Announcing New Writing Fellows!

Our first year at You Are Here stories has been an adventure and a delight. From the very beginning, we loved the idea of inviting a range of people to share their experience around common themes, but until we dove in we had no idea how rich and rewarding the story-sharing experience would be.

As we began to dream together about year number two—how we might expand our perspectives, engage new voices, and invigorate our collective explorations of place—it seemed fitting that we would invite new Writing Fellows to join our core team.

Some of these faces will not be new to you. Most of our new Writing Fellows have guest posted here in the last year. They immediately got what we were up to and wanted to be a part of it. Others might be unfamiliar, but they each have somehow been a part of our broader storytelling community, and we have great admiration for their hearts, minds, and ways with words. Whether or not you know them already, we’re sure you’ll be drawn into their experiences and viewpoints as they share about their unique places in the world.

In November, you will see stories by some of these Writing Fellows about their experiences with “Losing Place.” Next month, all of these new team members,along with the You Are Here regulars you have come to know, will share stories under the theme “Finding Place.” We hope you’ll come back again and again.

We also want to take this opportunity to say a big thank you to Sam Turner and Jonathan Bower, founding members of You Are Here, who are cycling off the core team.

With that, please help us welcome the 2015-16 You Are Here Writing Fellows!

Shawn Smucker (1)

Shawn Smucker
Shawn is an author, co-writer, and blogger, and he lives with his wife and their five children in the small city of Lancaster, PA. Having grown up in the country, he’s rather awestruck at how the city can provide such a powerful place for contemplation. On any warm day, should you be walking down James Street, take a peek at 41 West and you might see him writing away on the porch. If you’re not in the area, you can find him at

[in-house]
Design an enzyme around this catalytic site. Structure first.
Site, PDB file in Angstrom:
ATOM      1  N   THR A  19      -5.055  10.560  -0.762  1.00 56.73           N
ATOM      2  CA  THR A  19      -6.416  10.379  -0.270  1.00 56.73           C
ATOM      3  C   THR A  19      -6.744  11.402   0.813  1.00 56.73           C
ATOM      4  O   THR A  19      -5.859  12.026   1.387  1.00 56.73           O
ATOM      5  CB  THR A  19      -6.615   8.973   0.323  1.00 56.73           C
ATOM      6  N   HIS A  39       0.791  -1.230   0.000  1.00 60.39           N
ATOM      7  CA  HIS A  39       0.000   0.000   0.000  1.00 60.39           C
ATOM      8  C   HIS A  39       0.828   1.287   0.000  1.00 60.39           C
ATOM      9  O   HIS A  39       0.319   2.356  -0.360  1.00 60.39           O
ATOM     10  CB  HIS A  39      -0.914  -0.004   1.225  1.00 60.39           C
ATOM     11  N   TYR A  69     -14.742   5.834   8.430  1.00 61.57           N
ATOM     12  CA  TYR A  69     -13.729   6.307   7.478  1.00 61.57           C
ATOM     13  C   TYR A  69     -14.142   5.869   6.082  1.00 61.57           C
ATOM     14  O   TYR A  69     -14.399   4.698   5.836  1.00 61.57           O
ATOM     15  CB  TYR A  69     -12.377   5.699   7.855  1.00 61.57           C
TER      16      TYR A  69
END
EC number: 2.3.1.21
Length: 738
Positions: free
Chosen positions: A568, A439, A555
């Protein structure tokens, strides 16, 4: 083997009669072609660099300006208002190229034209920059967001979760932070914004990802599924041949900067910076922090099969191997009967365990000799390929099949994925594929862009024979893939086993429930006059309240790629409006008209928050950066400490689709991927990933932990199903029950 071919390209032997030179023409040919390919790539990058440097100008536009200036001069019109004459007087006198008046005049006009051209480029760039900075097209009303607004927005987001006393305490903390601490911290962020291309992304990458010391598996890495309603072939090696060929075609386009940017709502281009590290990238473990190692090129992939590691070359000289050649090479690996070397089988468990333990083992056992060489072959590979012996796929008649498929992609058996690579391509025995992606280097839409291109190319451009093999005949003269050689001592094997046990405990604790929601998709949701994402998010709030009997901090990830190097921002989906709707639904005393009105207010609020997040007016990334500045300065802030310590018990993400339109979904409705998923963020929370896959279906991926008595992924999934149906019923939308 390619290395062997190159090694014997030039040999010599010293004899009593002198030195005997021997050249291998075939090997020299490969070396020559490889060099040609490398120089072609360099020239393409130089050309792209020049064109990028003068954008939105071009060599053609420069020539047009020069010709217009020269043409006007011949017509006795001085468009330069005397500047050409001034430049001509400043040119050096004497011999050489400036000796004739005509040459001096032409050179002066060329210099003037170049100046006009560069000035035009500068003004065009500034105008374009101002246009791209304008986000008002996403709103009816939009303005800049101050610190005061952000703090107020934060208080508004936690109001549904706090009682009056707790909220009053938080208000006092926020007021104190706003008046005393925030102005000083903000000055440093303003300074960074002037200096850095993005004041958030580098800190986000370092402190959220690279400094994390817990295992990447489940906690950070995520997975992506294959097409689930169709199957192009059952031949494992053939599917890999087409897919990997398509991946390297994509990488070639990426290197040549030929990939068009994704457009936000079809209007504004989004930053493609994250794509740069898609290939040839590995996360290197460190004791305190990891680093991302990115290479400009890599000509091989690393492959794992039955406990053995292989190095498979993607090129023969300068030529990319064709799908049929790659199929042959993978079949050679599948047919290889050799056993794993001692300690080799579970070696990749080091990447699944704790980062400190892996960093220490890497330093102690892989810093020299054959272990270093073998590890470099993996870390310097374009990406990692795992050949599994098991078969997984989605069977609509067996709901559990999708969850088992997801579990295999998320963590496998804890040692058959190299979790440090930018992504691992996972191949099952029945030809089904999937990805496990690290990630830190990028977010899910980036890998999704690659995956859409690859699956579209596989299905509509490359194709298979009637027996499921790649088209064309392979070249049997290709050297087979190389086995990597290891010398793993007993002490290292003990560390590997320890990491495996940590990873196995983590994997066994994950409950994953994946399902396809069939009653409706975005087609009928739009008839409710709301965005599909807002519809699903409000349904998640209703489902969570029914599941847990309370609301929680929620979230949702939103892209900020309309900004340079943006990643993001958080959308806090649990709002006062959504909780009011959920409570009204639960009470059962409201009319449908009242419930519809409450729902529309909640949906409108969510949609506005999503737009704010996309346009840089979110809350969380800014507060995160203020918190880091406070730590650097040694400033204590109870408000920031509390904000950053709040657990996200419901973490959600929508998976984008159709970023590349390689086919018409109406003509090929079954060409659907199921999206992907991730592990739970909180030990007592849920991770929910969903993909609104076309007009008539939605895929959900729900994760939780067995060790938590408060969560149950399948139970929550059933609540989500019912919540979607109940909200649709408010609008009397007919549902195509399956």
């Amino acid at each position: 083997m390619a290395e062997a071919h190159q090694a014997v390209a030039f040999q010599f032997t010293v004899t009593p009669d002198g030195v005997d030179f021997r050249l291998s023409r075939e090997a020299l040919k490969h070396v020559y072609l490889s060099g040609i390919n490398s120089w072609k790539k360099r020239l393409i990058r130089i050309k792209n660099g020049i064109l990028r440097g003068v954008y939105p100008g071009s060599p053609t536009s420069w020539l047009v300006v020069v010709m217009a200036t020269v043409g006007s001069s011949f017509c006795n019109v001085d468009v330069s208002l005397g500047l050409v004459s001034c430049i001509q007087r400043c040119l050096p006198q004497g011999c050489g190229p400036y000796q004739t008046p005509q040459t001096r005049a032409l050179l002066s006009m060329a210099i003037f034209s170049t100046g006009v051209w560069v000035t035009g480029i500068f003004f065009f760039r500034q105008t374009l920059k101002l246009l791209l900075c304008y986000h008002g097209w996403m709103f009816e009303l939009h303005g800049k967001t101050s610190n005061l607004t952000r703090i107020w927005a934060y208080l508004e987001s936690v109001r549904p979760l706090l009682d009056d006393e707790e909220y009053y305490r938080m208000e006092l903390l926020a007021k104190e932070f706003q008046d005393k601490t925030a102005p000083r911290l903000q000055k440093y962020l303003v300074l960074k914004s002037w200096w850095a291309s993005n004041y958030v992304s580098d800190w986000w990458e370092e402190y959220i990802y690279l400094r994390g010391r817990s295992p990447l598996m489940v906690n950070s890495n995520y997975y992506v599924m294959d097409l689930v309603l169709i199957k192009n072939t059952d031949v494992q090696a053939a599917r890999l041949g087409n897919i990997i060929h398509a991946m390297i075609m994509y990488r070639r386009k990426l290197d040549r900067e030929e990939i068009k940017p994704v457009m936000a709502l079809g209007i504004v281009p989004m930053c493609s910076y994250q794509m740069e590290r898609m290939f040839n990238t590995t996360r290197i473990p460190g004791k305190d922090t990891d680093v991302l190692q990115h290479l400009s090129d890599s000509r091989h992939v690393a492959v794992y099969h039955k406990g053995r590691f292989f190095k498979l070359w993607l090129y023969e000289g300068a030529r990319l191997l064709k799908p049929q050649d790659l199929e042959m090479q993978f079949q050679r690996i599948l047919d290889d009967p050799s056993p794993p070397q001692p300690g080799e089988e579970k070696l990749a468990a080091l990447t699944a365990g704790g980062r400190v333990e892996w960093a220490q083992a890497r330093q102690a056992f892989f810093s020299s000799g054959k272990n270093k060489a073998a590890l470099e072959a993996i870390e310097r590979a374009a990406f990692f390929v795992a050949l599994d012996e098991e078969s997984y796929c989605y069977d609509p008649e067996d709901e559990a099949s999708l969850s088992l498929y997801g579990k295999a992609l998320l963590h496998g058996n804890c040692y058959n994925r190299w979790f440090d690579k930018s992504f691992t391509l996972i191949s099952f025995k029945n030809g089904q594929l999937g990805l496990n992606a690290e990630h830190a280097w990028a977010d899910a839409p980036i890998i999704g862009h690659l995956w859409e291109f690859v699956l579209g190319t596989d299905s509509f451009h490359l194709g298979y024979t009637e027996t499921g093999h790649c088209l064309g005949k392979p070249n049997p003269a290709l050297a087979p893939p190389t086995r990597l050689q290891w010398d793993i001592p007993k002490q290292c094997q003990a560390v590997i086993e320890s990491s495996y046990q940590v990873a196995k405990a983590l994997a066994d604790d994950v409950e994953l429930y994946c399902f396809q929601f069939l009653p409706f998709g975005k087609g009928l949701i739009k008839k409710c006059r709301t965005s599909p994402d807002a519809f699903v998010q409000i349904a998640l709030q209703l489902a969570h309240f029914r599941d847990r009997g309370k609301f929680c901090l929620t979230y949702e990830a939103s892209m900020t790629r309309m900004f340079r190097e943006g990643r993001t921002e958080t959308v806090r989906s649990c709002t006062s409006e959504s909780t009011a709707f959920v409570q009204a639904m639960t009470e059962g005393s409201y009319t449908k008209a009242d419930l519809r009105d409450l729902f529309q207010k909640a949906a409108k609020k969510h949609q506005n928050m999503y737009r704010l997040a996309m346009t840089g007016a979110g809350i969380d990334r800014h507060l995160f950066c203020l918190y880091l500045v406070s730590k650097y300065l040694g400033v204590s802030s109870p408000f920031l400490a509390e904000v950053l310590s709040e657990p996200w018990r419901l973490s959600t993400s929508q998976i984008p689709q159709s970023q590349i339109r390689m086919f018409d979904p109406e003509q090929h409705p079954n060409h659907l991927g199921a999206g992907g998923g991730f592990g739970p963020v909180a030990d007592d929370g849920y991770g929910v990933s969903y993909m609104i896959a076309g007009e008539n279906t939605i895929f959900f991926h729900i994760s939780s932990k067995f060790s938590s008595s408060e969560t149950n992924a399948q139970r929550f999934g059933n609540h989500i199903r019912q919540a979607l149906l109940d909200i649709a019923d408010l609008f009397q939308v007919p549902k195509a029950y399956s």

red stripeJ. Nicole Morgan
Nicole lives near Atlanta, Georgia, surrounded by the trappings of suburbia and many, many oak trees. There’s a nature preserve across the street from a big box store, and the rippling creek and rocky path are a welcome place to retreat. Nicole works-from-home-or-coffee-shop as both a ministry assistant and as a freelance editor. Connect with Nicole on Twitter or at her blog.

IMG_8758 copyMeredith Bazzoli
Meredith has spent her whole life orbiting around Chicago and its suburbs. She currently resides just west of the city with her husband Drew, who grew up a Hoosier. She never thought she could marry one of those. Meredith calls herself a “recovering teacher” and has taken a break from inner city education to write, perform improv comedy, and tutor. Wherever she can, Meredith seeks to start conversations about the life we stuff under the bed and keep off our Instagram feeds. Join the conversation on her blog.

Ed Cyzewski Author Cafe (2)

Ed Cyzewski
A former New Englander now temporarily in Columbus Ohio, Ed is an author and freelance writer with an obsession for vegetable gardening and hockey. When he isn’t chasing after his two very busy young sons, Ed can be found writing from the same cafe six days a week with a mug of light roast coffee. He is the author of Coffeehouse Theology; Pray, Write Grow; and A Christian Survival Guide. You can find him online at or on Twitter.

Amy Maczuzak (1)Amy Maczuzak
Amy spent the first 18 years of her life craving a home base. Since graduating from high school, Amy has found home in the hills and valleys of western Pennsylvania, ultimately settling in Pittsburgh. She works in Pittsburgh’s East Liberty neighborhood, as a member of the marketing and communications team of the CCO, the campus ministry that changed her life during her college years. Amy loves reading, drinking good coffee, and spending time with friends, family members, and her cat, Charlotte Brontë.